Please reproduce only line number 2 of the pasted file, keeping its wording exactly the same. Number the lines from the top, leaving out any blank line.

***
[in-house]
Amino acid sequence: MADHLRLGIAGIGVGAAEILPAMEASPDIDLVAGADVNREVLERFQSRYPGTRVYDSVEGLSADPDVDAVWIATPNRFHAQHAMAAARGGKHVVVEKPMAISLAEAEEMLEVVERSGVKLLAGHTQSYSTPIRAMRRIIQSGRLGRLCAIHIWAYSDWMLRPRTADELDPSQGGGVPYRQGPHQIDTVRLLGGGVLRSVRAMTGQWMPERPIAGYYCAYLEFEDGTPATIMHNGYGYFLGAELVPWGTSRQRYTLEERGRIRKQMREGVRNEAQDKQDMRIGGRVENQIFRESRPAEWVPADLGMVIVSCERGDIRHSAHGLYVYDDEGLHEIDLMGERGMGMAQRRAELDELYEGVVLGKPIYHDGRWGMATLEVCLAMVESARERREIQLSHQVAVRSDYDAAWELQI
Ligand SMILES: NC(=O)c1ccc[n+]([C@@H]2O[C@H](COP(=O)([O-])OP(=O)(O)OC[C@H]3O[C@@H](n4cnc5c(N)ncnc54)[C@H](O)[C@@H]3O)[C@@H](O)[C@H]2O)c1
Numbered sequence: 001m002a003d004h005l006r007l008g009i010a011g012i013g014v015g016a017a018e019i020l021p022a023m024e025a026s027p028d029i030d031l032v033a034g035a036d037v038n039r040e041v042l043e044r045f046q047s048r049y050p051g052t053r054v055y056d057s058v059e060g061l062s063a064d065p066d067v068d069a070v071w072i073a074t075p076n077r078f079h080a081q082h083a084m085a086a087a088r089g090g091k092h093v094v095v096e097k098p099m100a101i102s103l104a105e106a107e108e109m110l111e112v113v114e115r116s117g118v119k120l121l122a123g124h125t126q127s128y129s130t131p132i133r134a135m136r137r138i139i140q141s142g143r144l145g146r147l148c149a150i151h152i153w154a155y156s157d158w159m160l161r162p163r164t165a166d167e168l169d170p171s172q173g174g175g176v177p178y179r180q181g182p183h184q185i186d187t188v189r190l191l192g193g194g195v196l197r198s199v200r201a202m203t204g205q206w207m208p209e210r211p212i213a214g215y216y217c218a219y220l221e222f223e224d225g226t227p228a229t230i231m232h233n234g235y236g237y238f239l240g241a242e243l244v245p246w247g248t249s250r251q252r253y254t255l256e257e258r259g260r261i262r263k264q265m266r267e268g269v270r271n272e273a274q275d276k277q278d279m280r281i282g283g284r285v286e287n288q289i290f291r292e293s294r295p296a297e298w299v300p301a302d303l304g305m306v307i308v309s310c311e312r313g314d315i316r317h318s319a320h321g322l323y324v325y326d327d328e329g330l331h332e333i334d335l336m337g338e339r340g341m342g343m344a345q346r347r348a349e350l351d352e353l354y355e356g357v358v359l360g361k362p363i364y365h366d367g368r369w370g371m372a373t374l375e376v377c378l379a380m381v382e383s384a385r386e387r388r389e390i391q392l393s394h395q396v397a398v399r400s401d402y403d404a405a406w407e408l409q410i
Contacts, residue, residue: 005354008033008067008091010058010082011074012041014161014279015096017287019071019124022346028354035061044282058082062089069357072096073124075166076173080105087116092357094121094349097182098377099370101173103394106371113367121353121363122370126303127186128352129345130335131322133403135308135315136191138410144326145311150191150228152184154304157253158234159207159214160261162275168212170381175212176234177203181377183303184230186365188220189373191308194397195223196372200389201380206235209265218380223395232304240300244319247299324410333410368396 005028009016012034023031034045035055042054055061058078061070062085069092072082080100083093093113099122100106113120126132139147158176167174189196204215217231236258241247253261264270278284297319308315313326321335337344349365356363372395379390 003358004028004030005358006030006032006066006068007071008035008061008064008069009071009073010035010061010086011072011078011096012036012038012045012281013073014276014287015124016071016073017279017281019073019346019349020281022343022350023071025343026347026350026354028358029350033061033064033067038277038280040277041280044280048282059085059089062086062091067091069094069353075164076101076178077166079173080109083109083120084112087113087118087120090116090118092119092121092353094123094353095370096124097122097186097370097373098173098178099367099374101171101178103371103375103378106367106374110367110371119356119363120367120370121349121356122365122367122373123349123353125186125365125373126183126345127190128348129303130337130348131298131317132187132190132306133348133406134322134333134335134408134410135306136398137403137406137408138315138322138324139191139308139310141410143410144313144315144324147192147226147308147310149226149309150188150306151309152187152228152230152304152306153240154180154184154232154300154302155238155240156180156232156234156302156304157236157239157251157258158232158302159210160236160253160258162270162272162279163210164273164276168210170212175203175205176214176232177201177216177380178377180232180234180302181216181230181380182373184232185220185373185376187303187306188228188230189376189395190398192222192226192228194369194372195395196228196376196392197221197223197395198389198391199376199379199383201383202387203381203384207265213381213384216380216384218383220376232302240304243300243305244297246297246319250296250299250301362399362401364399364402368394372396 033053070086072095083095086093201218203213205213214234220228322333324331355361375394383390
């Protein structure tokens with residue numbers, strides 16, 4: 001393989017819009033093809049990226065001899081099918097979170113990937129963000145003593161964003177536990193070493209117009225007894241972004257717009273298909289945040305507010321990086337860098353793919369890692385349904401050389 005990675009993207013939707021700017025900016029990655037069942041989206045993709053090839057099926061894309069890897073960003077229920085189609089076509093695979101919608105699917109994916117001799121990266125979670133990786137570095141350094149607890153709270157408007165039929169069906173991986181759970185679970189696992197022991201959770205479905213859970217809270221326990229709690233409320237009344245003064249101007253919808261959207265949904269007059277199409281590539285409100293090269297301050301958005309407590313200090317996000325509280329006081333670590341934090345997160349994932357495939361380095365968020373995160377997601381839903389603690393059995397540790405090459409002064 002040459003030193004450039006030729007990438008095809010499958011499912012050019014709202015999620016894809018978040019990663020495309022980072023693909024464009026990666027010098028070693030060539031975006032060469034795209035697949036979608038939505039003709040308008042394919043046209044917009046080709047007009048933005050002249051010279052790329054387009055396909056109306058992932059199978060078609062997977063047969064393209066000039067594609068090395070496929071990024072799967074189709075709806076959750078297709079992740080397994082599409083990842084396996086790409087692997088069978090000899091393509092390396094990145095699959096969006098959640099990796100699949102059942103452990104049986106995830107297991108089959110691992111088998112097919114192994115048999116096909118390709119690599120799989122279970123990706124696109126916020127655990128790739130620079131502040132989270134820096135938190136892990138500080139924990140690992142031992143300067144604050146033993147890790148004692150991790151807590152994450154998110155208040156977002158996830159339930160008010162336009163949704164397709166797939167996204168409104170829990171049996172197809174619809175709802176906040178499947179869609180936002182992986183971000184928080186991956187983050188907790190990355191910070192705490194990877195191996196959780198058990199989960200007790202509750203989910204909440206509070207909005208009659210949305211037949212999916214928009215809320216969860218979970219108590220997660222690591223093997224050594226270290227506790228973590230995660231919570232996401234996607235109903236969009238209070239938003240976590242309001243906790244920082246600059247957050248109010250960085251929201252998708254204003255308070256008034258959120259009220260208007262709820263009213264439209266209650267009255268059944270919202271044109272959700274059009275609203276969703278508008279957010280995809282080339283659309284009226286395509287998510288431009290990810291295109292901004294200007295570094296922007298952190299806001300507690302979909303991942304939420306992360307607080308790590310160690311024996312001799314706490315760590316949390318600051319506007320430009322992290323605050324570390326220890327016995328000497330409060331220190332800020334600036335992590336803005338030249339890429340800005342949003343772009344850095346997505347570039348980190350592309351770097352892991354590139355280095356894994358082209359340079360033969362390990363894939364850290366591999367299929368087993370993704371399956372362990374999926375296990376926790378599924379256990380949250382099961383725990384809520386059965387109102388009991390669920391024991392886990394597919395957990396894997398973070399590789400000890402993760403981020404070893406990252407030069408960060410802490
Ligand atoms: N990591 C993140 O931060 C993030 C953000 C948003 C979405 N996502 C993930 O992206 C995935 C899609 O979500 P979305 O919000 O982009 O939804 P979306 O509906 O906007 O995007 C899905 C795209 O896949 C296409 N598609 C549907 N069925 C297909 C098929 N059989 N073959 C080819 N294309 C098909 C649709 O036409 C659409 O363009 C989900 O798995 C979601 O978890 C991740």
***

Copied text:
Amino acid sequence: MADHLRLGIAGIGVGAAEILPAMEASPDIDLVAGADVNREVLERFQSRYPGTRVYDSVEGLSADPDVDAVWIATPNRFHAQHAMAAARGGKHVVVEKPMAISLAEAEEMLEVVERSGVKLLAGHTQSYSTPIRAMRRIIQSGRLGRLCAIHIWAYSDWMLRPRTADELDPSQGGGVPYRQGPHQIDTVRLLGGGVLRSVRAMTGQWMPERPIAGYYCAYLEFEDGTPATIMHNGYGYFLGAELVPWGTSRQRYTLEERGRIRKQMREGVRNEAQDKQDMRIGGRVENQIFRESRPAEWVPADLGMVIVSCERGDIRHSAHGLYVYDDEGLHEIDLMGERGMGMAQRRAELDELYEGVVLGKPIYHDGRWGMATLEVCLAMVESARERREIQLSHQVAVRSDYDAAWELQI